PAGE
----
Book review: Conversations with Friends

Conversations with Friends by Sally Rooney

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From Goodreads

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Frances is twenty-one years old, cool-headed, and darkly observant. A college student and aspiring writer, she devotes herself to a life of the mind–and to the beautiful and endlessly self-possessed Bobbi, her best friend and comrade-in-arms. Lovers at school, the two young women now perform spoken-word poetry together in Dublin, where a journalist named Melissa spots their potential. Drawn into Melissa’s orbit, Frances is reluctantly impressed by the older woman’s sophisticated home and tall, handsome husband. Private property, Frances believes, is a cultural evil–and Nick, a bored actor who never quite lived up to his potential, looks like patriarchy made flesh. But however amusing their flirtation seems at first, it gives way to a strange intimacy neither of them expect. As Frances tries to keep her life in check, her relationships increasingly resist her control: with Nick, with her difficult and unhappy father, and finally even with Bobbi. Desperate to reconcile herself to the desires and vulnerabilities of her body, Frances’s intellectual certainties begin to yield to something new: a painful and disorienting way of living from moment to moment.

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★★★★☆

Well, I ended up liking this book more than I was expecting. I went into this book with not necessarily low expectations, but definitely hesitant expectations. On Goodreads, people either rate it five stars or three stars, so I was expecting to be one of those and I ended up in the middle.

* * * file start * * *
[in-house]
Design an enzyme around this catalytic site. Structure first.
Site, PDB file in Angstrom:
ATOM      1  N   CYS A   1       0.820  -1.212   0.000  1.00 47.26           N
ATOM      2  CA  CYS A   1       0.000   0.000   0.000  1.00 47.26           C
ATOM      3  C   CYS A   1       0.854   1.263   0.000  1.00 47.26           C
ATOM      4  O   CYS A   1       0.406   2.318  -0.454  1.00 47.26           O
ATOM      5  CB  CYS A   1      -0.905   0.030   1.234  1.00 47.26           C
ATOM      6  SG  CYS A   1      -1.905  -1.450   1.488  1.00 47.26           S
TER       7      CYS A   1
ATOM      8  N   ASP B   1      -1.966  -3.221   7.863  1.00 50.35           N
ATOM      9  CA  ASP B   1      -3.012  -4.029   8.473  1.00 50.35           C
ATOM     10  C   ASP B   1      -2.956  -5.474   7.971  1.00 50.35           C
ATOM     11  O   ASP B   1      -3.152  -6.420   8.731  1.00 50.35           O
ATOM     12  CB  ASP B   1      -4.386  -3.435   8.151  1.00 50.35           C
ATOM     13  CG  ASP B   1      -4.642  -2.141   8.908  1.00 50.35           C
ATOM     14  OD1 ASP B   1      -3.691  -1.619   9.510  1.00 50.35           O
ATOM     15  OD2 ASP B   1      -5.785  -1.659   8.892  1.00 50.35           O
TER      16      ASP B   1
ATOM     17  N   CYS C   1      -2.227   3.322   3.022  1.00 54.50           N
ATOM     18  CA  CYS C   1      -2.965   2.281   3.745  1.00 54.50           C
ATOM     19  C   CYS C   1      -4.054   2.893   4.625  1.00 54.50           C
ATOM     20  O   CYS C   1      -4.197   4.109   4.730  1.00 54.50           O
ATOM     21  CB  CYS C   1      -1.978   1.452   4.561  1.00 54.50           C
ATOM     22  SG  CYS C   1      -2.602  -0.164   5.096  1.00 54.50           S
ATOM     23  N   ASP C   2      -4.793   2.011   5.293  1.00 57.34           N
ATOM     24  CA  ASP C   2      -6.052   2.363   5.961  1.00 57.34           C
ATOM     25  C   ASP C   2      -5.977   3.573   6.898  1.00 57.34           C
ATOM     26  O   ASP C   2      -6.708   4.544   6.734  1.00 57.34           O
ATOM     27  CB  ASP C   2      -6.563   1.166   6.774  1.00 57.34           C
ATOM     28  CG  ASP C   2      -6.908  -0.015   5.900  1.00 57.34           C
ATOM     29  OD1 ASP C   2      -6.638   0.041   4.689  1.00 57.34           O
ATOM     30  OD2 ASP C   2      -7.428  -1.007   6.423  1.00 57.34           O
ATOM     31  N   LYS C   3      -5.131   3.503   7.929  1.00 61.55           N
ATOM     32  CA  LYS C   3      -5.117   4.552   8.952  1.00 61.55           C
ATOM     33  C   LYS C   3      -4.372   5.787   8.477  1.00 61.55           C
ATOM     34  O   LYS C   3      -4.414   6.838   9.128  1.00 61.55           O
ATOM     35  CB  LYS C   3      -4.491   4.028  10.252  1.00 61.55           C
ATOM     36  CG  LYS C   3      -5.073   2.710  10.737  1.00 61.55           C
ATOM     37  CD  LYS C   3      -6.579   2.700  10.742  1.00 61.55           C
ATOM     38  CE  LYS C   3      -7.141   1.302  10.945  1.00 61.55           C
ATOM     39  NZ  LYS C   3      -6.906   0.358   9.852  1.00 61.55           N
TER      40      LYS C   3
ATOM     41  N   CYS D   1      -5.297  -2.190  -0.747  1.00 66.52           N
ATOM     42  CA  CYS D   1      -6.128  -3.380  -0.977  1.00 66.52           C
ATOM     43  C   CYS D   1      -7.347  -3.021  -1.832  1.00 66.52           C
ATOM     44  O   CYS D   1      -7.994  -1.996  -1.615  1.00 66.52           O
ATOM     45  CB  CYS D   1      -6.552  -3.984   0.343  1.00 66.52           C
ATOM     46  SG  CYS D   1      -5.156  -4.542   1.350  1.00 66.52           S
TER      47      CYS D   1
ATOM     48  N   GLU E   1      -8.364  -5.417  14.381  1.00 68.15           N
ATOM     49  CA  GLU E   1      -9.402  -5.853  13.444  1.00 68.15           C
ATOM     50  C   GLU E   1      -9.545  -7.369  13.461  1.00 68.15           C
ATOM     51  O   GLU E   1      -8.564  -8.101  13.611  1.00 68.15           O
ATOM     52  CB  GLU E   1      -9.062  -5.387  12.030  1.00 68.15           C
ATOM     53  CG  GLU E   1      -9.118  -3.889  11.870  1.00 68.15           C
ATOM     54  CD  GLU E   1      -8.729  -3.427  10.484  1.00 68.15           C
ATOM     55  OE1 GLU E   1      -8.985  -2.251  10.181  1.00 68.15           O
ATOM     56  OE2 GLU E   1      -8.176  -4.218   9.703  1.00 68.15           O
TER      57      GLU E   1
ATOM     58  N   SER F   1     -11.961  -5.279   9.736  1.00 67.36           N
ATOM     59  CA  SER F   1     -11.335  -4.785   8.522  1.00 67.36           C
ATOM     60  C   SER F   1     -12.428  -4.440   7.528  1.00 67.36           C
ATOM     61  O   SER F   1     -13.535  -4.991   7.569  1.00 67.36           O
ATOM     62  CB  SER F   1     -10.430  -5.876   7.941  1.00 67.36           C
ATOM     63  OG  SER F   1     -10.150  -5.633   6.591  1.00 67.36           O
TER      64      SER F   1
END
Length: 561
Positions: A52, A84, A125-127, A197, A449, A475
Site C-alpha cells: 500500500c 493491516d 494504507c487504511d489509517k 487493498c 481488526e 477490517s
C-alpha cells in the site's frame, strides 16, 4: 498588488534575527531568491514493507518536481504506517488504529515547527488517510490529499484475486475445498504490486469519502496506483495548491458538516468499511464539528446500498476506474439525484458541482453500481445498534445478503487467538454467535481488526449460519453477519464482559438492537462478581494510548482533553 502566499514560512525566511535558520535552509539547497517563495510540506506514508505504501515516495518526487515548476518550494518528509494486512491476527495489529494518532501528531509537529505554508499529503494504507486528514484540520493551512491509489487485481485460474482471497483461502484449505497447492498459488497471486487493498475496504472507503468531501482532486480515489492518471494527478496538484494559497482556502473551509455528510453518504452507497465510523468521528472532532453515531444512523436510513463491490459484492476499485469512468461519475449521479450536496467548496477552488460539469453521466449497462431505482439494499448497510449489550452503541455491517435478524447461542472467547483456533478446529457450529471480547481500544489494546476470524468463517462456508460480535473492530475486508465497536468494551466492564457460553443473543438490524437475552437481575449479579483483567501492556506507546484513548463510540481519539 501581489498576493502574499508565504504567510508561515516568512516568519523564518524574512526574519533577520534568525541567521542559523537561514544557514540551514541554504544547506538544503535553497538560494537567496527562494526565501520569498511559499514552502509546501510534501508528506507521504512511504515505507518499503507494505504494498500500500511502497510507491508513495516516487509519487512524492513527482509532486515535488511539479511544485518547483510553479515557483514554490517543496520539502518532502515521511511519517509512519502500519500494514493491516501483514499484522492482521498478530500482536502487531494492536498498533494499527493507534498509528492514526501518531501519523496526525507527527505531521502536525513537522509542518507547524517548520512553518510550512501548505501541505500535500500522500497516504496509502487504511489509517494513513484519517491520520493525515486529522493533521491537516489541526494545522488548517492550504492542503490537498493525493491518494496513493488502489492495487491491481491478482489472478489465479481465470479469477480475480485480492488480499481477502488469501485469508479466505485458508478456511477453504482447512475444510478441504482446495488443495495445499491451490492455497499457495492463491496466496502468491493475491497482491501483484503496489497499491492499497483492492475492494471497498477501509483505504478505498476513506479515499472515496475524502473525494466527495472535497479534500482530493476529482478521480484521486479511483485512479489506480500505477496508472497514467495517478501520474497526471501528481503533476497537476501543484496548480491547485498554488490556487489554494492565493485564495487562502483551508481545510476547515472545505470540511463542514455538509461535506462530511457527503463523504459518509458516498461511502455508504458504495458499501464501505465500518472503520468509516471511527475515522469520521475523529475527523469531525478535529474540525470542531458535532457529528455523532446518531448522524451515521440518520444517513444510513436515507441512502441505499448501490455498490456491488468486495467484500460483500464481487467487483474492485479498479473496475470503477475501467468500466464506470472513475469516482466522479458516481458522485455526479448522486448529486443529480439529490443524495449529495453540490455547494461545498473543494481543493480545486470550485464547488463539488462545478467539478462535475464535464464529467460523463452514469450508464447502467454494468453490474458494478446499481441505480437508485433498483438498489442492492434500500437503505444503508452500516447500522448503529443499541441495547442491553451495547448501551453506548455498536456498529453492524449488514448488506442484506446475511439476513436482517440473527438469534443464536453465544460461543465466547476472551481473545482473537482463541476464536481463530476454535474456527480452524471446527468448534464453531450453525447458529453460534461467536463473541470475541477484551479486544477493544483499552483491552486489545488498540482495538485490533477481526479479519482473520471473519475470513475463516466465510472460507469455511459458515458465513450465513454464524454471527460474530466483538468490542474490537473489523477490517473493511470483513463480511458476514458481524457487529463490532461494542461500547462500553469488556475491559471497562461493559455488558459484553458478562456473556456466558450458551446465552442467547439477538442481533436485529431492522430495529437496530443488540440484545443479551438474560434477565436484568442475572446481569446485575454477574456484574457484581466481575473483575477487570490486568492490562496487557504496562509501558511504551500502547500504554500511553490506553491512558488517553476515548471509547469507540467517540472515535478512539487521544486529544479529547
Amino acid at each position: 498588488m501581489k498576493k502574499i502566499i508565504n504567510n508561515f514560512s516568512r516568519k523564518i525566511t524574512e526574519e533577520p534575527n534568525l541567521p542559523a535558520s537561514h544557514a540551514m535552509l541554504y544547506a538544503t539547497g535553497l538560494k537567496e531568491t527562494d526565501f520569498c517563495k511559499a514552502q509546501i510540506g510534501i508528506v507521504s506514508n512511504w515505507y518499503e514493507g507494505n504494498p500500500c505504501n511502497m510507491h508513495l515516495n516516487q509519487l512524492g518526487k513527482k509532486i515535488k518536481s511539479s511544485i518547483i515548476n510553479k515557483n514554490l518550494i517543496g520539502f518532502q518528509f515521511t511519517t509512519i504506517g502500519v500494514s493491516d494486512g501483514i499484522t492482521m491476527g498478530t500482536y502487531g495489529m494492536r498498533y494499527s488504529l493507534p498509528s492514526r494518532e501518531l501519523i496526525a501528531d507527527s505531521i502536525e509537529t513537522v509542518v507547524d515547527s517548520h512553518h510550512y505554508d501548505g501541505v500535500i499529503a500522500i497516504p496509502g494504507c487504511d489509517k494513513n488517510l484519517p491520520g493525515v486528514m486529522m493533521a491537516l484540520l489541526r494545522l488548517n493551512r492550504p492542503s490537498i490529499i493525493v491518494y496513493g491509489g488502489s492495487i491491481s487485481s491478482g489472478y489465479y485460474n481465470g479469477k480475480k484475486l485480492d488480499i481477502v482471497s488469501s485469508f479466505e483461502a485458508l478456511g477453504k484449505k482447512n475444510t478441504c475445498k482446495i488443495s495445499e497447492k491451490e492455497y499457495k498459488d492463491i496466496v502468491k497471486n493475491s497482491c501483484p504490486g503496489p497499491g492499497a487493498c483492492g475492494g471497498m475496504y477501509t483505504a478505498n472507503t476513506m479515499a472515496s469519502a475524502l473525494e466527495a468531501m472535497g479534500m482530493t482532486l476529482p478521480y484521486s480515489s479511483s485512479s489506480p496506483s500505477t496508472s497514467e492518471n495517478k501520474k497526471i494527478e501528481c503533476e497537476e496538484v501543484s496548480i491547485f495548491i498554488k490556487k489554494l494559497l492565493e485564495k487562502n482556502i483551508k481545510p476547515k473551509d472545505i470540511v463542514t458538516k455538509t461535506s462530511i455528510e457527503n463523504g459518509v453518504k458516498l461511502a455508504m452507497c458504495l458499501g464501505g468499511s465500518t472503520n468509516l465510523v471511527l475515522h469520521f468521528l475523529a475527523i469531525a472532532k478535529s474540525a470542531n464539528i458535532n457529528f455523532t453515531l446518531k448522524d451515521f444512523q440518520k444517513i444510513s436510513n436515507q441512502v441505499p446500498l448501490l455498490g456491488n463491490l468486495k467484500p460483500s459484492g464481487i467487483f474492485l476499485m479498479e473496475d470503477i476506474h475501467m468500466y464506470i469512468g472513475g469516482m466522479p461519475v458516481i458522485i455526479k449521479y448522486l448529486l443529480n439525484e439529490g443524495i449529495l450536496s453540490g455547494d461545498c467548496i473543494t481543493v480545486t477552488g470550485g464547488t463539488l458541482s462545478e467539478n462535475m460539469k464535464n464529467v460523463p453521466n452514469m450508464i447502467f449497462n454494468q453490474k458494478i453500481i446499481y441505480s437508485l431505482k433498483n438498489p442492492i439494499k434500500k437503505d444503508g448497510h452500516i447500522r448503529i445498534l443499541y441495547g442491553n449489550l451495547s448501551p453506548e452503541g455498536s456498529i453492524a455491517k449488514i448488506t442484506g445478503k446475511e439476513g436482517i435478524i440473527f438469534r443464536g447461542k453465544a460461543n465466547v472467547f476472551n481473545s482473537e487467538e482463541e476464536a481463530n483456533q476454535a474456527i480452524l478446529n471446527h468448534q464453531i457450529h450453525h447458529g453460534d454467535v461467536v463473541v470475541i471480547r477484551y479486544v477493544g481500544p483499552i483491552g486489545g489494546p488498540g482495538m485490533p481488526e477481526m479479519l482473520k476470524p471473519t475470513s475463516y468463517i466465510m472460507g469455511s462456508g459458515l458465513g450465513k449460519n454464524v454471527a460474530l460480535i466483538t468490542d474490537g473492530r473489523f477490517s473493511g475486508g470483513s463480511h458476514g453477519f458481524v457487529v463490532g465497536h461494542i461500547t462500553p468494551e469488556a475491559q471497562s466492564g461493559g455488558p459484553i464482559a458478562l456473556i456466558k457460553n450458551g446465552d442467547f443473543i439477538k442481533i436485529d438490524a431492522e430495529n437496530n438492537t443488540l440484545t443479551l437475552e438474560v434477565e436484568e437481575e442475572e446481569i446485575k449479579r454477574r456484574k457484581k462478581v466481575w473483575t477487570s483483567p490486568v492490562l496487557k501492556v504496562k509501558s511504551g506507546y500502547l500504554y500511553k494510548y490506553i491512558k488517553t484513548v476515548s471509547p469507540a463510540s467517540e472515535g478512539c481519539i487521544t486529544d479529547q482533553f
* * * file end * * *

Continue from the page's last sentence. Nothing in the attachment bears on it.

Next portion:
For me, this book started slow. It took me ages to get through the first third-ish, and I had to force myself to focus on it. But, once Frances and Bobbi go to France with Melissa and Nick, it picked up for me (okay maybe a bit before then, around Nick’s birthday).

This is definitely not a plot-based book, so if you like plots, stay away from this book. It’s 100% about the characters.

Luckily, I ended up loving the characters in this. They’re infuriating and annoying, but they seemed so real. I thought Frances was a really interesting main character and I liked reading from her perspective. I liked her and Nick’s relationship, and how weird and fucked up it was, but how they also still really cared about each other. I liked Frances and Bobbi’s relationship and thought it was such a good representation of friendship and romance. I liked seeing the development of how Bobbi viewed Melissa, and thought that was so interesting and realistic. So what I’m trying to say is I liked the characters and their dynamics.

It was also really well written, and I think Sally Rooney’s writing just really works for me. I will definitely be picking up her other work soon.

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That’s all I really have to say about this book, honestly. It started slow, but picked up, and had great character dynamics.

But have you read this book? What were your thoughts? Do you agree with me at all? Let me know!

Ally xx

10 thoughts on “Book review: Conversations with Friends

  1. Characters are a big deal for me (esp with a character driven plot!) so this book was really not my jam coz like you said, the characters were infuriating and annoying 😂 I wasn’t sure I’d read more Rooney after this but I did love Normal People so I’m glad I gave her another chance 😊 Great review!

    Liked by 1 person

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